A North Carolina man hoping to launch a racially integrated team in the America’s Cup sailing race has won the right to go forward with his lawsuit against the yacht club that denied his application.
Charles Kithcart, head of the Raleigh-based nonprofit African Diaspora Maritime Corp., claimed in a suit filed in December 2011 that the Golden Gate Yacht Club didn’t give fair consideration to his application to race for the 34th America’s Cup, scheduled to be held this September. Kirthcart’s suit claimed that by not considering the application in good faith before denying it, the yacht club had breached its contract with African Diaspora Maritime.
A New York court initially dismissed the claim and two others Kithcart made in the suit, but an appeals court late last month sent the case back to be heard on the breach-of-contract claim. A trial date has not been set.
Kithcart viewed the America’s Cup race as a half-billion-dollar economic development opportunity for North Carolina, a new way to interest school kids in complex math and science, and a chance to share the history of African Americans’ mastery of the water that dates to before the Civil War.
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Beyond all that, the denial of his bid to challenge the billionaire whose team won the America’s Cup in 2010 was, to Kithcart, a betrayal of basic American principles.
“To tell someone, ‘No, you can’t compete. No, you can’t chase your dream,’ that should be disturbing to any person in America,” Kithcart said. “It’s a question of what we stand for. If you have qualified people who are applying to participate in something, you should let them.”
In denying Kithcart’s application, the Golden Gate Yacht Club claimed Kithcart had not paid the $25,000 entry fee on time, that he didn’t have a boat designer lined up, and that he would not have the money to fund a team, all points his lawyers deny.
Kithcart and his attorneys say the court’s decision to let the case go forward will give them a chance to find out whether there were other reasons the club denied the application.
Golden Gate Yacht Club officials and their attorney did not return calls or emails asking for comment.
African Diaspora’s plans
The America’s Cup, first awarded in 1851, is the premier sailing competition in the world. Though the final races are held between two sailing yachts, the vessels represent different yacht clubs, and the Cup is awarded to the club.
Yachts can compete for the right to defend the Cup on behalf of the club and for the right to challenge the holder of the Cup. A series of elimination races determines which two yachts will compete in the final America’s Cup contest, itself a series of 17 races.
Kithcart had planned for African Diaspora Maritime to race in the defender series to try to upset Oracle Team USA, backed by Larry Ellison, billionaire founder and CEO of Oracle Corp., the computer hardware and software company.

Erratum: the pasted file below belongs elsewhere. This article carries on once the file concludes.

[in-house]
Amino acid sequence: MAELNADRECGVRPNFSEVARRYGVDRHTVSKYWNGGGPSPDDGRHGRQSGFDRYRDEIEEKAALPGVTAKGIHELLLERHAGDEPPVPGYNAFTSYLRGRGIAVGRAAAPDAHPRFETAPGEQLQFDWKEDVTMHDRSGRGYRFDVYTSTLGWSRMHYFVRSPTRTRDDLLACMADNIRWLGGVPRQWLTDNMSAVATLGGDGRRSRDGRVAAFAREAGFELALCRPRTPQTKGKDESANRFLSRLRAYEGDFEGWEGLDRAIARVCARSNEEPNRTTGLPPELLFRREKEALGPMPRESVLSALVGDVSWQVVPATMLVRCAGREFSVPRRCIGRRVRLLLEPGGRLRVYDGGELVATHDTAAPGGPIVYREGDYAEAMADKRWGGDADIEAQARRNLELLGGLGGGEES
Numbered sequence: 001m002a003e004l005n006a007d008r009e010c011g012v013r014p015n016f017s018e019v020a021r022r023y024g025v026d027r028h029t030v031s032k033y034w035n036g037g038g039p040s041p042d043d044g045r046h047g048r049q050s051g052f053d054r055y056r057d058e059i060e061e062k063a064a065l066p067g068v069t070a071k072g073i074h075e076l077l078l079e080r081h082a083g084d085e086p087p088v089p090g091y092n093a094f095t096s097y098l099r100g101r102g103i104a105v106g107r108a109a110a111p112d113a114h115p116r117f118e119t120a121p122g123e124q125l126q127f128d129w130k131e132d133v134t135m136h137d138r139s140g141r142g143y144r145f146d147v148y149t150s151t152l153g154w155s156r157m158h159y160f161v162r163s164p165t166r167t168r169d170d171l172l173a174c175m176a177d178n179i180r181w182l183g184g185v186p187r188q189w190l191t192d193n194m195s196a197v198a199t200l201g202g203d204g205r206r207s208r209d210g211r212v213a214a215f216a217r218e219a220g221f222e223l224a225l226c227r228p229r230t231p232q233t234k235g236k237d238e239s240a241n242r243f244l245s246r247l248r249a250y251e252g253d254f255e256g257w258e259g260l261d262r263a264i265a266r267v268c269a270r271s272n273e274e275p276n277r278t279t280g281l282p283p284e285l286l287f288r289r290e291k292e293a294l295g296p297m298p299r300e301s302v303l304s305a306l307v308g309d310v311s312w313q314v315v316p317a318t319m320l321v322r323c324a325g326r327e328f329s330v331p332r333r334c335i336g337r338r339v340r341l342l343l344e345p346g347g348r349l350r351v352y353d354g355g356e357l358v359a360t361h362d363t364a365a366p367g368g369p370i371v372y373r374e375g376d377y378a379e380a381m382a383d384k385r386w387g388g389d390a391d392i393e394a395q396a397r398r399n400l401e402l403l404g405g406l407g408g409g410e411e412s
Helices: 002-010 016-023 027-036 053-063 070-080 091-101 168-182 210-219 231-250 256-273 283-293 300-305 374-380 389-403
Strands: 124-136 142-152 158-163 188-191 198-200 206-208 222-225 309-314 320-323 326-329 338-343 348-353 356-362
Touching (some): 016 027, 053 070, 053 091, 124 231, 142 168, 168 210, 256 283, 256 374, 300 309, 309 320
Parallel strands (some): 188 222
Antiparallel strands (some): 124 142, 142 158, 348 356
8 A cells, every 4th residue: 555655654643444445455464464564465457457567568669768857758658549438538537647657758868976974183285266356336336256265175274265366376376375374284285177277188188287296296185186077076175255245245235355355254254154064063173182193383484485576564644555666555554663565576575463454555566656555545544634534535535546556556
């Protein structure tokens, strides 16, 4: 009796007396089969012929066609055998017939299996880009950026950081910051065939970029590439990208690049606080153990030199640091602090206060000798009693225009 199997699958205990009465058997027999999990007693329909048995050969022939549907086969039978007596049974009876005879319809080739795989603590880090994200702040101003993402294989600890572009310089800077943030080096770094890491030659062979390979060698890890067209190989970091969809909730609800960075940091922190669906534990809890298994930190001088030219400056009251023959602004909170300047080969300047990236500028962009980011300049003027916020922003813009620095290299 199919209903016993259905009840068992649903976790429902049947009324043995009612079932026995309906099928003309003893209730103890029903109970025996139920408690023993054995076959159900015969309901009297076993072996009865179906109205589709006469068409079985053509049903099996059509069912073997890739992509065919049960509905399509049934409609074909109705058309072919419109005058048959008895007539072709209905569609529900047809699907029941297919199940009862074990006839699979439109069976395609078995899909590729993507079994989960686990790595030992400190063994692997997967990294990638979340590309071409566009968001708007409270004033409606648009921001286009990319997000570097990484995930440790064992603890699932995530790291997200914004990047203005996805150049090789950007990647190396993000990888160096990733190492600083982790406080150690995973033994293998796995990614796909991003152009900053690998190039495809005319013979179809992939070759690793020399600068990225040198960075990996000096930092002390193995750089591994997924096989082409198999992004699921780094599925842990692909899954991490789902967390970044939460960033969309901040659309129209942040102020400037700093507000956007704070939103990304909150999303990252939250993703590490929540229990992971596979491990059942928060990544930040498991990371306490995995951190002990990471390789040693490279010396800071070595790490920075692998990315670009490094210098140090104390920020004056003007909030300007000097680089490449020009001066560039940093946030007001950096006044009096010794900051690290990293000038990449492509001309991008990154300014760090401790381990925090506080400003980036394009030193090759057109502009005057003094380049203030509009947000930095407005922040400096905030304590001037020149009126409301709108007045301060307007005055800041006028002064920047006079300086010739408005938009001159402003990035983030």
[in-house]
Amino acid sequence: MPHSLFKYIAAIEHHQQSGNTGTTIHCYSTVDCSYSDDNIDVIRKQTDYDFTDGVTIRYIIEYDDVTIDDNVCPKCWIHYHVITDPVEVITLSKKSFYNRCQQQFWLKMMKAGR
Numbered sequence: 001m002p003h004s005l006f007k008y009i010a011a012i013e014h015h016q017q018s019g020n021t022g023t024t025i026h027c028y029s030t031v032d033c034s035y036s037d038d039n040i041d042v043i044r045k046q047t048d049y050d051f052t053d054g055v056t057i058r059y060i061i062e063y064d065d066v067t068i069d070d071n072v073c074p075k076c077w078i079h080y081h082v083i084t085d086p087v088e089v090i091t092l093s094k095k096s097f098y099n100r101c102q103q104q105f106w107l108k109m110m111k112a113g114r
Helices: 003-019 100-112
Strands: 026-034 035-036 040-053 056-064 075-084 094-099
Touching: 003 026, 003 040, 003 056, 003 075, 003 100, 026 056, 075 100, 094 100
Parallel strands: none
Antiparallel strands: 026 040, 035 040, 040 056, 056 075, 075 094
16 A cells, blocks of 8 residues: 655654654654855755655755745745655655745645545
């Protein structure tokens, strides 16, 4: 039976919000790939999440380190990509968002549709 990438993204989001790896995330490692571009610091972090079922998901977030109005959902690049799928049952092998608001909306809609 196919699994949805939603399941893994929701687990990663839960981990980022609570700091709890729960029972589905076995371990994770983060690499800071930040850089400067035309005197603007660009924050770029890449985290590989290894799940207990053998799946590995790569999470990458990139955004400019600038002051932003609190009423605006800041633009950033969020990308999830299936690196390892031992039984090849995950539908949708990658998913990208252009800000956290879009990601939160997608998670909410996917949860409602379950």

Kithcart didn’t say how much an America’s Cup entry would cost African Diaspora but said he had financial backers ready to help pay for yacht design and construction and for crews and training. He had plans to market the team in North Carolina and beyond, selling caps and T-shirts and putting a racing yacht on display in downtown Raleigh to generate excitement.
Pre-Cup demonstrations and training activities on North Carolina waterways could have filled hotels and restaurants, Kithcart said, and broadened interest in a sport that is often considered a pastime of the rich.
Blacks’ history at sea vast
In fact, African Americans were among the most sought-after watermen along North Carolina’s coast from the colonial era through Reconstruction, said David Cecelski. The North Carolina native has written several books on the state’s maritime history, including “The Waterman’s Song,” chronicling the world of slave and free black fishermen, pilots, rivermen, sailors, ferrymen and other laborers.
On the water, Africans brought to North Carolina often had an advantage over their white captors, Cecelski said, in that the waterways here more closely resembled coastal parts of Africa than they did the deep waters off the British Isles. Working on the water was grueling labor, and merchants and ship captains often used slaves to do the work, he said. They became very skilled at it.
“It was proverbial in the 18th century,” Cecelski said. “White travelers would not dare go up rivers and explore the waters of North Carolina if they could not find an African-American pilot.”
Cecelski said Kithcart is right that if he tied the present-day race for the America’s Cup into that history, “there would be a lot of interest.”
Hope if race is delayed
Though the 34th America’s Cup is already underway in San Francisco Bay, Kithcart believes he may yet have a chance, if the race is postponed this year. So far, the event has been plagued with problems; hopes for a contest among as many as 11 teams from around the world didn’t materialize, and only three teams – from Sweden, New Zealand and Italy – are competing for the right to challenge Oracle Team USA. They are racing on huge new catamarans, 72 feet long with rigid “wind sails” 132 feet tall, that can rise up out of the water on foils.
In May, Artemis Racing’s catamaran flipped during training and broke into pieces, killing British Olympian Andrew Simpson, who was trapped beneath the wreckage. The team, representing a Swedish yacht club, is still waiting for its boat to be rebuilt.
The Italian team has boycotted the races over new safety rules put into place after the crash.
Only Team New Zealand has run races so far, and it has done so alone.